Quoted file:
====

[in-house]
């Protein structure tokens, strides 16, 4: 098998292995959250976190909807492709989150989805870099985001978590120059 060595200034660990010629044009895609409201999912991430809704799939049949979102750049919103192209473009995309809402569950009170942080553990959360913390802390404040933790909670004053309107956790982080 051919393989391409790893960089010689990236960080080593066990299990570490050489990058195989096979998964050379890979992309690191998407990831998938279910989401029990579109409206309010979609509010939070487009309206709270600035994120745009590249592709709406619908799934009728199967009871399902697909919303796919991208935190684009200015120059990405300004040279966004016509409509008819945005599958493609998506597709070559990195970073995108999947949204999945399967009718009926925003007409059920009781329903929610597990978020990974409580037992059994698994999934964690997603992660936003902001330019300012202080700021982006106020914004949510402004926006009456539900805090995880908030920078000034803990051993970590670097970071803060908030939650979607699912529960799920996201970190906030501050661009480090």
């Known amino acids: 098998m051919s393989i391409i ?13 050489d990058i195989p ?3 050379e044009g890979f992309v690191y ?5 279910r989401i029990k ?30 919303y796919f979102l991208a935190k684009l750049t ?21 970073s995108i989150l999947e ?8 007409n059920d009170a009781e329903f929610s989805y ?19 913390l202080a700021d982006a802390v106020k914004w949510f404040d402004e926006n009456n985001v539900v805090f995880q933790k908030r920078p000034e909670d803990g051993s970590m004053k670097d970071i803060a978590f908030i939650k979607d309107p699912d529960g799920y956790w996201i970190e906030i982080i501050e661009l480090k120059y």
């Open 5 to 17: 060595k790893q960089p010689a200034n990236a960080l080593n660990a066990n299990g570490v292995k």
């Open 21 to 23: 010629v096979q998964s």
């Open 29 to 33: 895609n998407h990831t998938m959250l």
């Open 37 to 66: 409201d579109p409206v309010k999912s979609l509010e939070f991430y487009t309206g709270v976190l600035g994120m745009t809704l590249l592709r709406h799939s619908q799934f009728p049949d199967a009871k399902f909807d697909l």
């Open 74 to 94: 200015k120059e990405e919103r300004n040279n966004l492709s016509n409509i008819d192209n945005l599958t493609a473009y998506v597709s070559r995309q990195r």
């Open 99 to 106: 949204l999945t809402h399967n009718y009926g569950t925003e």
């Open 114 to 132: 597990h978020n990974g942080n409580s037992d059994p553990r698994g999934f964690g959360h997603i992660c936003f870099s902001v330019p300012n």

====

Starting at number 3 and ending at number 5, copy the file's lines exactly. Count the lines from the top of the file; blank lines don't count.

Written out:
């Known amino acids: 098998m051919s393989i391409i ?13 050489d990058i195989p ?3 050379e044009g890979f992309v690191y ?5 279910r989401i029990k ?30 919303y796919f979102l991208a935190k684009l750049t ?21 970073s995108i989150l999947e ?8 007409n059920d009170a009781e329903f929610s989805y ?19 913390l202080a700021d982006a802390v106020k914004w949510f404040d402004e926006n009456n985001v539900v805090f995880q933790k908030r920078p000034e909670d803990g051993s970590m004053k670097d970071i803060a978590f908030i939650k979607d309107p699912d529960g799920y956790w996201i970190e906030i982080i501050e661009l480090k120059y």
């Open 5 to 17: 060595k790893q960089p010689a200034n990236a960080l080593n660990a066990n299990g570490v292995k």
């Open 21 to 23: 010629v096979q998964s």